ried and she and Jim were building a house and “I just wanted to take some time off.” About a month later L.M. found out and called me, ‘I need you. Someone needs 24-hour care. You can do the day shift and Peggy Cleary the night shift.’ He didn’t ask me, he told me that I was going to work for him so that’s how I got that wonderful job and I’m still working.” She started out an RN and within two years Josephine Caine retired and said to Gaunt, “Here is my job.” “I told her I didn’t want it and she said, yes you do and L.M. wants you to do it, and so I became nursing supervisor for the clinic.” Gaunt said she, too, was involved in the fundraising. “L.M. said we needed a new hospital and you didn’t say no to L.M. so I went out into the rural areas; Bitterwater, Priest Valley, Paicines and Hernandez and talked to people at meetings at Home Department, Grange and Farm Bureau. We had card parties and I asked there, too.” They listened and gave generously. “I remember when the ground was a horse pasture.” Like Dr. Hyde (and many people in town), she was always interested in watching the progress of the project. “There was nothing bad about moving into new
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50 Ruth Records, administrator of Mee Memorial, with a group of Pink Ladies.
hospital. Larger rooms, new equipment, a nursery that was really a nursery and a lab that wasn’t out the back door. Having bigger rooms with electric beds, that was a real back saver for the nurses. Thinking back, she added, “Between the two us, Ruth and I, we worked hard, we played hard, we got the job done. We have been friends for so many years, along with Billie Hume and Barbara Williams, who are no longer here and we miss them.” “I’m very grateful we still have the hospital we have here for our community, and I’m very proud to say I am still part of it and taking care of the 5th generation.”
RUTH RECORDS A Salinas transplant, Ruth Records was working as assistant director of nursing at Salinas Valley Memorial Hospital. In 1961 Billie Hume and Barbara Williams came to work to in the old lab in King City. “In 1962 L.H. and L.M Andrus were looking for someone to run the new hospital,” Records recalled. Hume and Williams mentioned her name and “I came down for and interview and they hired me.” She came to work in the old hospital in May 1962. “At that time I had to try to reorganize the hospital and review the staff because we had to hire quite a few new people. L.M. and L.H. were pretty good to me and I could hire who we needed when we needed them.” Her title when she first came was superintendent, which was later changed to administrator. The job description included: staffing, checking all departments and dealing with personnel, in addition to hiring a lot of new people, plus lots of other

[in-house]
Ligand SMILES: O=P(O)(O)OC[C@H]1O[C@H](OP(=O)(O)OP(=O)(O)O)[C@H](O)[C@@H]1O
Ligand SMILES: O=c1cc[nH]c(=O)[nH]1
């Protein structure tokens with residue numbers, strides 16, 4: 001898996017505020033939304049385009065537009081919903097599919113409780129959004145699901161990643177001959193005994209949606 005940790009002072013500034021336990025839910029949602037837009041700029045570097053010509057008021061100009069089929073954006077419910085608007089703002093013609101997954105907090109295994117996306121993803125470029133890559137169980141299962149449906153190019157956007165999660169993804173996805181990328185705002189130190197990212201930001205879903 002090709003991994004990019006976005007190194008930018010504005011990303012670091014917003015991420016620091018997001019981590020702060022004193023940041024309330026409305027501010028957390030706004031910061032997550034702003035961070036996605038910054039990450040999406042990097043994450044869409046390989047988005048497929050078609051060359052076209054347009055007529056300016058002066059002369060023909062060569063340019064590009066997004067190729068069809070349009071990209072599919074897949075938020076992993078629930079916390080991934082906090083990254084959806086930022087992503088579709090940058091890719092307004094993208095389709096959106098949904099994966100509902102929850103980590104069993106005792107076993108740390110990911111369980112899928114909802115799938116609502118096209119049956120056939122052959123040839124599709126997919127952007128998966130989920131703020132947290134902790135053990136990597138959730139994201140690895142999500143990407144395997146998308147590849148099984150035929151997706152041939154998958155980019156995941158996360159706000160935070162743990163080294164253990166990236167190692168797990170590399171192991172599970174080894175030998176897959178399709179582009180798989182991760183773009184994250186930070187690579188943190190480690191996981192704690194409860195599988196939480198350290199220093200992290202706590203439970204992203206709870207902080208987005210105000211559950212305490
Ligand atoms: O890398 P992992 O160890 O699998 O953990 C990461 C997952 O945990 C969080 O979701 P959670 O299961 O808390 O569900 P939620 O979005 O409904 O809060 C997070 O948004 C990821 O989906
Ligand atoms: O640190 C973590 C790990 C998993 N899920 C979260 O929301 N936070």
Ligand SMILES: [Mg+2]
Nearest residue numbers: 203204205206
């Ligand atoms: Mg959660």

things that weren’t in the official job description. “I wasn’t here during the construction but I sure was when we transferred the patients Oct. 1. As I recall, we didn’t have that many problems. We had to leave part of the staff in the old hospital and part in the new hospital. The Grims donated their ambulance and Tom Grim and Bill Campbell moved the patients. It went fairly well. We got everybody settled in by mid-afternoon.” That move was almost doubling the number of patient beds. The old hospital was 22 beds and the new one 42 beds. “We faced quite a few challenges. We had to get everybody settled, doctors and nursing staff to adjust and we had to increase all departments. At that time most of our nursing staff were local and moved to the new hospital. It took a lot of work to get it going.” A few years after the old hospital on Broadway was closed, L.M. turned it into the Pioneer Hacienda, a nursing home. Records recalls that a few years later when he was going to close the Hacienda he went to the hospital board and asked if they would convert a few beds in the new hospital to nursing beds. “At that time the south end of the hospital was turned into nursing beds. We had to get permission from the state and they said that if we converted the beds, we could never turn them back into acute care beds. So that is how that came about. “It was a wonderful place to work and I had wonderful employees and they would help in any department they could. We all worked together and helped each other out.” Records left the hospital in 1976 and went to work for Gonzales Clinic until 1989. She still is a volunteer Service League member at Mee.
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CA. State Contractor License #716839
Frank Lopez-Landscape Contractor
Congratulations on 50 years of service to our community.
Proud to Support Mee Memorial Hospital | A Publication of South County Newspapers | Page 27
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50YearswithMee Sep12.indd 30
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Published on Sep 14, 2012